As retailers roll out mobile devices, maintenance issues arise – WWD

Industry-wide, handheld mobile Devices have become a standard problem for millions of retail and distribution center employees, but they can be pain points for management.

“They have to replenish them all the time,” said Douglas Baldasare, founder and chief executive officer of ChargeItSpot. “The devices no longer work. Software updates are not coming through. The WiFi may not work. There is hardware damage.

“Sometimes there aren’t enough devices for employees, leading to huge productivity drops,” Baldasare says. “Lead times to replenish or maintain lost devices can be six to 12 months.”

At a recent breakfast in Manhattan, Baldasare explained the technology solution developed by his company to reduce the man hours and costs associated with maintaining wearable devices. The 11-year-old Philadelphia-based ChargeItSpot supplies cell phone charging stations to stores and malls, and last September launched a self-service kiosk for securing, charging and monitoring employees’ handheld devices in warehouses and retail stores, called ARC, or “center for charging assets.”

Employees are using mobile devices to promote productivity and efficiency and to streamline supply chain flow, especially in light of port bottlenecks. Employees in distribution centers use the handhelds to pick and pack online orders; store associates use them for inventory information, price checks, mobile payment processing, and access to customer information. Zebra, Honeywell, Samsung, Veriphone are some of the major providers of these handheld devices. Apart from retailers, logistics companies like FedEx and UPS and other industries use them.

“Think of the tight labor market,” Baldasare said. “It’s hard to find workers to hire, so it’s very important for employers to get the most out of their workforce.”

The time and money involved in maintaining handhelds isn’t necessarily foreseen, with Baldasare stating that “solutions to effectively manage, track and secure company-owned devices in the workplace are scarce.” Devices are typically kept in backrooms where managers waste time overseeing manual login and logout processes. When a device is lost, there is a cybersecurity risk. “In more or less 95 percent of cases, employees using handhelds need to store and charge devices on-site in the retail store, warehouse, or distribution center,” although sometimes in high-end retail stores, employees take the handhelds home with them to facilitate 24-hour clientele, Baldasare said.

As retailers roll out mobile devices,

Douglas Baldasare

ChargeitSpot’s consumer mobile phone charging stations, called ‘SmartScreen’, allow shoppers to charge and sanitize their mobile phones in secure lockers as they browse the sales floors and shop. Baldasare said there are currently ChargeItSpot charging stations in 200 Targets, 25 Bloomingdale’s stores, 30 Nordstrom locations and 90 Under Armor stores, among others. Each store would have one to six SmartScreen units.

ARC is a self-service kiosk, requiring no manager’s supervision, where employees pick up portable devices and store them in lockers. To open the locker door, employees have barcoded badges that are scanned, or they can enter their employee ID into the system. The devices are charged inside the lockers via connecting cables. The system determines which locker door opens based on which device is most charged and ready to use, helping to prevent a handheld device from going out of power mid-shift, forcing the employee to trade for a new one. other device. There is a touchscreen to report operating problems or damage to the devices.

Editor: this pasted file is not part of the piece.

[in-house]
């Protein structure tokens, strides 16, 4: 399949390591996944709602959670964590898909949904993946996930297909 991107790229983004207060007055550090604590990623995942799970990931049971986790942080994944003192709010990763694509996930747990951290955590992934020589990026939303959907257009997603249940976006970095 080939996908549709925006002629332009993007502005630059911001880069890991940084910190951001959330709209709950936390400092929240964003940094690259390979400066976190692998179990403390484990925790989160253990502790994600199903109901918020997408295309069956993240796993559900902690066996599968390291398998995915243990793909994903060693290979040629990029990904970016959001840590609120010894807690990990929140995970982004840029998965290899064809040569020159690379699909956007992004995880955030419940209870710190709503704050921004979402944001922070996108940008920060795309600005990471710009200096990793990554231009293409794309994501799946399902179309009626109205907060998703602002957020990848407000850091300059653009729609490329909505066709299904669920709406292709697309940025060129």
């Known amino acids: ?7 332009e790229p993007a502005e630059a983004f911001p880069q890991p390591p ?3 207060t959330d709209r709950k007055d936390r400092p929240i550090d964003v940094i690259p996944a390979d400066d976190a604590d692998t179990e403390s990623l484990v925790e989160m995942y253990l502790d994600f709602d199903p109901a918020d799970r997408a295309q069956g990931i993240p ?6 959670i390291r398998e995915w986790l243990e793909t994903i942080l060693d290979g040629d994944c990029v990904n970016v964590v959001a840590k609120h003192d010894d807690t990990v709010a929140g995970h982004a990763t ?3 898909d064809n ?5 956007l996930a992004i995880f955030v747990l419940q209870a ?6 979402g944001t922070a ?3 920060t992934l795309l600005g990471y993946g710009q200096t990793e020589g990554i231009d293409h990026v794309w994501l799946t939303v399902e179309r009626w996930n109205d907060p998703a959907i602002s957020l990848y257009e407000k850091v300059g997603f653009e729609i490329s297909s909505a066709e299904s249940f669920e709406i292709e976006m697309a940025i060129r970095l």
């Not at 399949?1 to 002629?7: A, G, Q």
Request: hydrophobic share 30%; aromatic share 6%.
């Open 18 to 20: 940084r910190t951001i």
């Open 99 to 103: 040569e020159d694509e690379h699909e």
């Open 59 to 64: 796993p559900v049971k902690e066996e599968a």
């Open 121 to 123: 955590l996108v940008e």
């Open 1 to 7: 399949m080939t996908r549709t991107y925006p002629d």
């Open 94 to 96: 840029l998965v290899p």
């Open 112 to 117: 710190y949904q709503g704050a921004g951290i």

“At ARC, the employee is asked to report any issues with the device immediately when they return a device,” Baldasare says. “We then prevent that faulty device from going back into circulation, alert headquarters to (deliver) a new device to that location, and alert the local manager to repair or return the device.”

If an employee does not return the device to the system within 24 hours, the employee’s name will appear on a report to the manager.

So far, Comoto/Revzilla, an e-commerce company that operates distribution centers; the University of Mass Memorial Healthcare; a big-box retailer, a digital home delivery company and a clothing company, which Baldasare declined to name, have deployed ARC kiosks. They come in three sizes; the smallest with 24 lockers, a midsize version with 48 lockers and the largest kiosk contains 96 lockers. ChargeItSpot leases the hardware, typically for three to five years, and takes care of software maintenance, data reporting and connectivity. The stations range in size from 7.5 feet to 15 feet wide, and are all six feet long and 14 inches deep.

ChargeItSpot has raised $25 million in funding since 2012 and has 130 employees. The company also has a network of 110 independent technicians hired to maintain the ARC kiosks.

Before starting ChargeItSpot, Baldasare was an executive at The NewsMarket, a digital marketing firm backed by Apax Partners, Softbank Capital and Battery Ventures, where he was director of sales in London and later in Beijing as director of the Asia-Pacific division. He also has experience at Amazon and Interbrand.

Citing data from Statista and interviews with ARC customers, Baldasare said an estimated 15 million wearable devices are used in retail stores to fulfill orders and move products, representing an industrial investment of nearly $20 billion. At any given time, 30 percent of a company’s devices are missing, broken, have dead batteries, or are not properly charged for employee use.

“It’s all due to inefficient management processes,” Baldasare said.

As retailers roll out mobile devices,

A ChargeItSpot mobile phone charging station at Under Armour.

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